Does marketing spoil the true meaning of Valentine’s Day?

Feb 14, 2013  |  By Civilian  |  

Cheesy Valentines Day AdMarketing and advertising’s sole purpose is to communicate with a particular section of the public about a brand, product or service. In the case of Valentine’s Day, marketing efforts for this holiday should be viewed no differently then any other time of the year.

The two way street of Valentines Day marketing: one side makes a pitch that Valentines Day marketing is all hype to encourage men to simply buy stuff (heart shaped box of chocolates, flowers, diamond necklace, etc.) for their significant other. As a result, it’s a waste and a money drain that leaves two people in the same if not worse shape they were in before.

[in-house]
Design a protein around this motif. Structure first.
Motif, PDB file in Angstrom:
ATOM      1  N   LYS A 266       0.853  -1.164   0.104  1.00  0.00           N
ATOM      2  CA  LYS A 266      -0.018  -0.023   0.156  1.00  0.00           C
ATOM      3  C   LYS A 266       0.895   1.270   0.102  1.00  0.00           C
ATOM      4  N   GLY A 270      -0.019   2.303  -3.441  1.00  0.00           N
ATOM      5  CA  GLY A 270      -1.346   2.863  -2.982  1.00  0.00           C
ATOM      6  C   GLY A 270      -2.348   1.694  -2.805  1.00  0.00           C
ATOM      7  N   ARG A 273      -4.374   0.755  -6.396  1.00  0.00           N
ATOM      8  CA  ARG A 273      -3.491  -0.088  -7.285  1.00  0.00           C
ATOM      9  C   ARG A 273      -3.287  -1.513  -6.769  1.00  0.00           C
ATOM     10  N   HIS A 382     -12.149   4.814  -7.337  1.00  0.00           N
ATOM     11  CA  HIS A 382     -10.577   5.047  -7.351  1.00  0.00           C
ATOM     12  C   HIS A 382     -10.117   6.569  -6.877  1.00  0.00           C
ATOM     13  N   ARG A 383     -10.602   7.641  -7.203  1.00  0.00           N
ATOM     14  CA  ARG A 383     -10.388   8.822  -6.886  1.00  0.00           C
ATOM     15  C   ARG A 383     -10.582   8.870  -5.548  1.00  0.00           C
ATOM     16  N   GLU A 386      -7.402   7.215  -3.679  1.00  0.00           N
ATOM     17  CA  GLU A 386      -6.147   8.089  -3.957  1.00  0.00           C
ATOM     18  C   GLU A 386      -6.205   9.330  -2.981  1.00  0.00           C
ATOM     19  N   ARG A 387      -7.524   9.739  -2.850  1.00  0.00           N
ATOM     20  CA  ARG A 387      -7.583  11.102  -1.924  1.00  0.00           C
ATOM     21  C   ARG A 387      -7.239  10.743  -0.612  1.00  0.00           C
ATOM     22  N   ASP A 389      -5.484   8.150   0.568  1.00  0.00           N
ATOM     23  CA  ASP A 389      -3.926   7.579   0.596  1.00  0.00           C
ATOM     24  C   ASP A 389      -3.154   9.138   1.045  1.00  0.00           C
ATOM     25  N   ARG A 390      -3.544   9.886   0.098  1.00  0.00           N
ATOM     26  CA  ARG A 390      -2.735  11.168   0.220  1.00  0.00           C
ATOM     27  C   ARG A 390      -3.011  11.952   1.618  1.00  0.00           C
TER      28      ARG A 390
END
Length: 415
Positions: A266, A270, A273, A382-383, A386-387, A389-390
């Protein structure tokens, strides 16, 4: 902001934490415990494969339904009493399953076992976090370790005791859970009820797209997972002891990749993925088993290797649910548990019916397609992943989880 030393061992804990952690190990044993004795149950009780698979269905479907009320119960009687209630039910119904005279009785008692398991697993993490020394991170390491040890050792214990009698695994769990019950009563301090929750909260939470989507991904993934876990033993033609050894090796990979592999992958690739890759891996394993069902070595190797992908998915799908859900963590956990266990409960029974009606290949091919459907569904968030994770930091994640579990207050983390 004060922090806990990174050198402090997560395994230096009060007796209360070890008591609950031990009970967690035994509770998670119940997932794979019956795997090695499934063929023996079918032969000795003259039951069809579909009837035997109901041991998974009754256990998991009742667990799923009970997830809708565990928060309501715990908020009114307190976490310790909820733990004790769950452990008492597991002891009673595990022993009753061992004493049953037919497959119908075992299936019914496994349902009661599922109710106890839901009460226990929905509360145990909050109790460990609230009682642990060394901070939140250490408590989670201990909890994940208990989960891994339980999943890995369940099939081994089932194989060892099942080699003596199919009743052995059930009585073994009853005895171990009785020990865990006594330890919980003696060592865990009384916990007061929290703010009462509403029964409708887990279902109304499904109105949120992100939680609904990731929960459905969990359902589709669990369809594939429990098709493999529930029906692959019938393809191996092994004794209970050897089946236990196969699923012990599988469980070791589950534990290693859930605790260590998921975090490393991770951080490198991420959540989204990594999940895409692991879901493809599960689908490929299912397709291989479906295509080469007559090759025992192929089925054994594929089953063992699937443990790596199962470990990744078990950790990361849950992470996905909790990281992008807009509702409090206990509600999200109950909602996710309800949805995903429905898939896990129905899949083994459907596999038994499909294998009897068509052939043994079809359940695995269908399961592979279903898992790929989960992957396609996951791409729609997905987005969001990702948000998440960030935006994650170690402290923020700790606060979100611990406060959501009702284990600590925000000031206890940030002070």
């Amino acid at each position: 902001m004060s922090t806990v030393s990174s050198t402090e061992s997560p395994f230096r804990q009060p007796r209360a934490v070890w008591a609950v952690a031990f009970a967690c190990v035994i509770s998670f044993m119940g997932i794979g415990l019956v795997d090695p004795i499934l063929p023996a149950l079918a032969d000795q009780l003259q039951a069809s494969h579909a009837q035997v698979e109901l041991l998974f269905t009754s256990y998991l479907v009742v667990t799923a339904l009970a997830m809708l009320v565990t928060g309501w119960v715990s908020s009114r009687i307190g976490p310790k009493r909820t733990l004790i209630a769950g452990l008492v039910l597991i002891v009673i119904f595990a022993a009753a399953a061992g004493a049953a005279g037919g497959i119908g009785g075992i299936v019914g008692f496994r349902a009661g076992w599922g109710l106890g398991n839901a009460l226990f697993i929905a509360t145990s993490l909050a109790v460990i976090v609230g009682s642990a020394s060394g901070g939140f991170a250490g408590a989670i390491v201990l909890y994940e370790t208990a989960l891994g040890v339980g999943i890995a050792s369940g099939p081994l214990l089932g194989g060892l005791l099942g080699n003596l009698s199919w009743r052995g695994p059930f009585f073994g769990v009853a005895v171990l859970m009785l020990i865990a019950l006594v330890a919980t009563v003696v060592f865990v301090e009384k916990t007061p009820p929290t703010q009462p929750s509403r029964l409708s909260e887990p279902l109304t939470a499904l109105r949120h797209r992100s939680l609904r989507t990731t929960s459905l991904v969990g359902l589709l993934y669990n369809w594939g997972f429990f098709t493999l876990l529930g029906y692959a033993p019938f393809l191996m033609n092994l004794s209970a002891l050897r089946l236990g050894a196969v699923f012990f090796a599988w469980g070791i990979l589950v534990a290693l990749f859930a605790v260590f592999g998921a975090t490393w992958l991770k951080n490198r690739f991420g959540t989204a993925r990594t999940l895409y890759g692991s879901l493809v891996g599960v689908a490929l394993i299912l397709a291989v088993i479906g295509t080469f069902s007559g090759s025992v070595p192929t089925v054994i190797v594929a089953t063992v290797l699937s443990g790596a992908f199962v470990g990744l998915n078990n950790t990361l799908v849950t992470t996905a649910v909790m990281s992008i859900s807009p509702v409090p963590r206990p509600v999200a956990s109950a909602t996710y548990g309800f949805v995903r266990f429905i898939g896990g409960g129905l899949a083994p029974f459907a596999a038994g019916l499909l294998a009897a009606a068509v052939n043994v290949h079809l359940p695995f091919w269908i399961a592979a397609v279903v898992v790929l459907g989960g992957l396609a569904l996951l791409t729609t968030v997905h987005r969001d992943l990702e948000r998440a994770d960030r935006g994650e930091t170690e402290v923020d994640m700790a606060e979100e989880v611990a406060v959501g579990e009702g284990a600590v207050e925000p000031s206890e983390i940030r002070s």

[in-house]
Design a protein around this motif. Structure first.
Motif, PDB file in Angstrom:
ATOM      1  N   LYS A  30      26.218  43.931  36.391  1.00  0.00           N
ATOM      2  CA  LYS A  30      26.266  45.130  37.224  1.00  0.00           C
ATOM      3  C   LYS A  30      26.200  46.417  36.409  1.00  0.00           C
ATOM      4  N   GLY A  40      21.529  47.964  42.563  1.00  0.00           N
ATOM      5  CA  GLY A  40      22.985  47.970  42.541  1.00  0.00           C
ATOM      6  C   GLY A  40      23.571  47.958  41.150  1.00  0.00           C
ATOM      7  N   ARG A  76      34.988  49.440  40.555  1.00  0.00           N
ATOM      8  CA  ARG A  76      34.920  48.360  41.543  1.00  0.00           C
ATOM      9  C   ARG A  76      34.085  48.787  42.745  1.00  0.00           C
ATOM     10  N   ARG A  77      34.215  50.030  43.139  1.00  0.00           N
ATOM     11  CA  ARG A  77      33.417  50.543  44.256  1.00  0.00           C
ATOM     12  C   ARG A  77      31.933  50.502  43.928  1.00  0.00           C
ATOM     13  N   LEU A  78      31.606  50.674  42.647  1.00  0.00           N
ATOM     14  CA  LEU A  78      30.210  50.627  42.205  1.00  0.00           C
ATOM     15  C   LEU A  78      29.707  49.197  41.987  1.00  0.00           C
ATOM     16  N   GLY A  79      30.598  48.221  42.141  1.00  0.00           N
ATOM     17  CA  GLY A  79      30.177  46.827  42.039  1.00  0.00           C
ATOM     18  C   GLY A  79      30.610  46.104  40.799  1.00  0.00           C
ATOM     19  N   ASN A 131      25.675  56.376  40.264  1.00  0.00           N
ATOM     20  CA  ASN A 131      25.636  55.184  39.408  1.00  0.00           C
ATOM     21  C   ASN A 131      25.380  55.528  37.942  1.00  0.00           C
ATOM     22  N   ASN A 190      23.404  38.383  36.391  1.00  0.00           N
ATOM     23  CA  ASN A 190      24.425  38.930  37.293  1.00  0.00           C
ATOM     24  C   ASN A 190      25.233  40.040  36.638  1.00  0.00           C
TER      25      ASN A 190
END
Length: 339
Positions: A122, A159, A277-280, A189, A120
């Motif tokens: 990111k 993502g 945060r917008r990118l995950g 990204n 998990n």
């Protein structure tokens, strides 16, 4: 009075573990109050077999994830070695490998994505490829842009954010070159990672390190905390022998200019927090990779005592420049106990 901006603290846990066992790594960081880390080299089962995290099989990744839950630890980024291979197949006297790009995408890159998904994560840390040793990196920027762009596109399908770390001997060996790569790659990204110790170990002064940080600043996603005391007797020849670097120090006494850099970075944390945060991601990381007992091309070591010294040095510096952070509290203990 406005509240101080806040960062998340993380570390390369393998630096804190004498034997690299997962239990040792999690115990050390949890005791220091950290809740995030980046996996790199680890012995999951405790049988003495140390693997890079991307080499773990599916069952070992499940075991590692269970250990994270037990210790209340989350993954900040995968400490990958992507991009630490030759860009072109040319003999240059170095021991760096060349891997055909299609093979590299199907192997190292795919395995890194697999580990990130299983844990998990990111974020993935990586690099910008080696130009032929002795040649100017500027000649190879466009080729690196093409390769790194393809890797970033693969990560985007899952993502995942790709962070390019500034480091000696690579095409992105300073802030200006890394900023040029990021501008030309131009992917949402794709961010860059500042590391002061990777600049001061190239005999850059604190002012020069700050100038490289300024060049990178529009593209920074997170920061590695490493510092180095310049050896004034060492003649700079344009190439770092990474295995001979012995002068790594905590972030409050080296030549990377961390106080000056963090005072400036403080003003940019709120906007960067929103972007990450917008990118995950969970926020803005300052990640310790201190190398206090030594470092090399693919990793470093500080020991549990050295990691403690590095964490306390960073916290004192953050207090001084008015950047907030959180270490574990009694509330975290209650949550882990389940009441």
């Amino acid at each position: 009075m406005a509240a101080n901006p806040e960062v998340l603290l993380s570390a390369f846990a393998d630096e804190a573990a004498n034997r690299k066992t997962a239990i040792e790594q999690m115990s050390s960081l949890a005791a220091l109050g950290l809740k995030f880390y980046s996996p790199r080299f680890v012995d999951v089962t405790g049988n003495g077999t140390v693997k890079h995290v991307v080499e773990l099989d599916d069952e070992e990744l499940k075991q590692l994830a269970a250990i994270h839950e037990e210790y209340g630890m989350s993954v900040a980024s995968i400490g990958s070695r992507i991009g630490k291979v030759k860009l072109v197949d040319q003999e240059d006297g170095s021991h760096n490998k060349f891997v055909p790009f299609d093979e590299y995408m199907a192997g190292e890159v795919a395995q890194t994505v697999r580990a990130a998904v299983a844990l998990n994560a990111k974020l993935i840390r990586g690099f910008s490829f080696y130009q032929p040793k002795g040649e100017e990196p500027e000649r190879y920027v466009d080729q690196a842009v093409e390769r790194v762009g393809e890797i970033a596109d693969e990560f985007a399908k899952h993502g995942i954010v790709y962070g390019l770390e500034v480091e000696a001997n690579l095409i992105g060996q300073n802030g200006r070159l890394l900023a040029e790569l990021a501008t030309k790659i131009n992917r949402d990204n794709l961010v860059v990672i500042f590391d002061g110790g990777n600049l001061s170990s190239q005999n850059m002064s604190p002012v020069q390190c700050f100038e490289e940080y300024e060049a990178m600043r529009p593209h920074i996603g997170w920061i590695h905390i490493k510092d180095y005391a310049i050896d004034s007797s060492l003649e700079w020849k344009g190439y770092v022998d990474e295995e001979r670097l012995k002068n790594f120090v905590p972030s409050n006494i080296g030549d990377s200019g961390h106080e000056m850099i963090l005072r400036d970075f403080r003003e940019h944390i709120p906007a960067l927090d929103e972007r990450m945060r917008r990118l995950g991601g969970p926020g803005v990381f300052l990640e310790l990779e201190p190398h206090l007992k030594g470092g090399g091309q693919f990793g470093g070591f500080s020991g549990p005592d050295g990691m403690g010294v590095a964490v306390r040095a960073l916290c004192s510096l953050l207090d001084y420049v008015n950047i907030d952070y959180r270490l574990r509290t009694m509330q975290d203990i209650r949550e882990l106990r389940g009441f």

On the other hand, Valentine’s Day marketing can be viewed as a simple reminder to appreciate your significant other. Think of all the arguing that would be avoided if there were an advertising campaign specifically for your anniversary or significant other’s birthday. You would receive constant reminders that would save you. The holiday marketing is a simple reminder to appreciate someone. This can be viewed as a model for how you should treat one another on a regular basis.  It doesn’t mean the stereotypical heart shape chocolates or flowers, which are simply a symbol of appreciation and love. It can be something you say, how you act or what you give. Allow the holiday marketing to remind you of appreciation you should feel for one another.

Overall, the holiday marketing tactics do have their dos and don’ts. A personal favorite worse Valentines Day ad reads: “For Valentines Day, nothing says ‘I love you’ like affordable reliable trash service!” That is classy.  Click here to see the best and worst ads for Valentine’s Day.

James Williams
Media Coordinator
Mood: Amused

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